To keep our lifes as developers easier is good define some conventions of how our web api REST will behave, the best effort I know in this field is the very good Apigee - Web Api Design ebook. The e-book is not an attempt to create a bible or a mantra about how to design your api, but rather a collection of conventions observed in large web REST apis, like Twitter, Facebook, Linkedin, Google, etc.

    Tuesday, January 13, 2015 11:34 AM

All replies

  • Check this tool:

    http://blogs.msdn.com/b/webdev/archive/2012/11/08/enabling-asp-net-web-api-help-pages-for-asp-net-web-forms-applications.aspx


    Fouad Roumieh

    Tuesday, January 13, 2015 9:52 AM
  • SOAP, REST AND PEOPLE'S CREATIVITY

    SOAP needs a description document like WSDL because each resource can be consumed with different messages, there are no definition on the protocol about constraints to the possible names/messages that you can manipulate a resource.

    For example, in SOAP your web service that allow clients manipulate an user can expose the operation that create an user in many different messages, like:

    addUser
    createUser
    insertUser

    Of course, these are just few sample messages, because I've see a lot of funny web services method names. There are really creative people out there.

    In other hand, if you are exposing your underlying system using web api that really respect the REST principles, the client just need to know that you have a resource named Users, because there is 99% of chance that you can create an user in this way

    POST /Users

    And this occurs for each operation you want to expose using SOAP or a web api REST.

    Despite being SOAP a protocol, which restricts what you can or can not do, and be REST a style architecture, which leaves many open points of how to do things. There are efforts to define conventions of how to expose and consume REST web apis.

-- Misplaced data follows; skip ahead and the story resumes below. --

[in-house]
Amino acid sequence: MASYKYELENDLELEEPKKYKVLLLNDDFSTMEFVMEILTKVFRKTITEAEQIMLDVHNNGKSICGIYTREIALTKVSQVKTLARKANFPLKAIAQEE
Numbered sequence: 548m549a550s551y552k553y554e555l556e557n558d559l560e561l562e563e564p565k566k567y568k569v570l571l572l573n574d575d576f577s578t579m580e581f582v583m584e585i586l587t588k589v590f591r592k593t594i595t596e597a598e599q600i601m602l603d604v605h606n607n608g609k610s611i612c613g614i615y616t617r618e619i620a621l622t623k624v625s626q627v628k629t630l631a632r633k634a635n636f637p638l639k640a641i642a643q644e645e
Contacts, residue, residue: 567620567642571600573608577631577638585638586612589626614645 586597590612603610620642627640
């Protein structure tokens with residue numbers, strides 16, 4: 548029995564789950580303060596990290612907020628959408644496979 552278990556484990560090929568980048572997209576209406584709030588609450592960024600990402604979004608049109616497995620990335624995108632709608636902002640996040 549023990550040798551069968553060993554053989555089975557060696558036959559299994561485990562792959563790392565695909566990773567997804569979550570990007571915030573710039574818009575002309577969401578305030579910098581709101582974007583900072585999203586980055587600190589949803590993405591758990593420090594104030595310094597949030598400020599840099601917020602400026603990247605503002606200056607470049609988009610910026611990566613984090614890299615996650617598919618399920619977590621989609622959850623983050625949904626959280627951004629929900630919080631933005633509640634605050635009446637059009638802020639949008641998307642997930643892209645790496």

DESCRIBING A WEB API REST

    In the field of how to describe a web api REST I can cite Swagger. It is not a attempt to create a WSDL like to web api REST, but it is a good attempt to create an open standard for describing web apis REST.

    Swagger is a specification and complete framework implementation for describing, producing, consuming, and visualizing RESTful web services.

    I use Swagger a lot and really love it, mainly because Swagger UI that allow you generate a nice live console and documentation for your web api.

    There are many implementations of Swagger for most of languages: C#, Java, Python, Ruby, etc.

    If you are using ASP .NET Web API, there a some projects to auto generate the Swagger specification, like Swagger.NET


    GENERATING CLIENTS TO A WEB API REST

    Because the constraints of REST, like the limited set of verbs (GET, POST, PUT, DELETE, etc) is not so difficuty to generate a client library to a web api REST.

    Projects like WebApiProxy can easily generate clients do C# and Javascript.


    CONVENTIONS FOR WEB API REST

    To keep our lifes as developers easier is good define some conventions of how our web api REST will behave, the best effort I know in this field is the very good Apigee - Web Api Design ebook. The e-book is not an attempt to create a bible or a mantra about how to design your api, but rather a collection of conventions observed in large web REST apis, like Twitter, Facebook, Linkedin, Google, etc.

    Tuesday, January 13, 2015 11:34 AM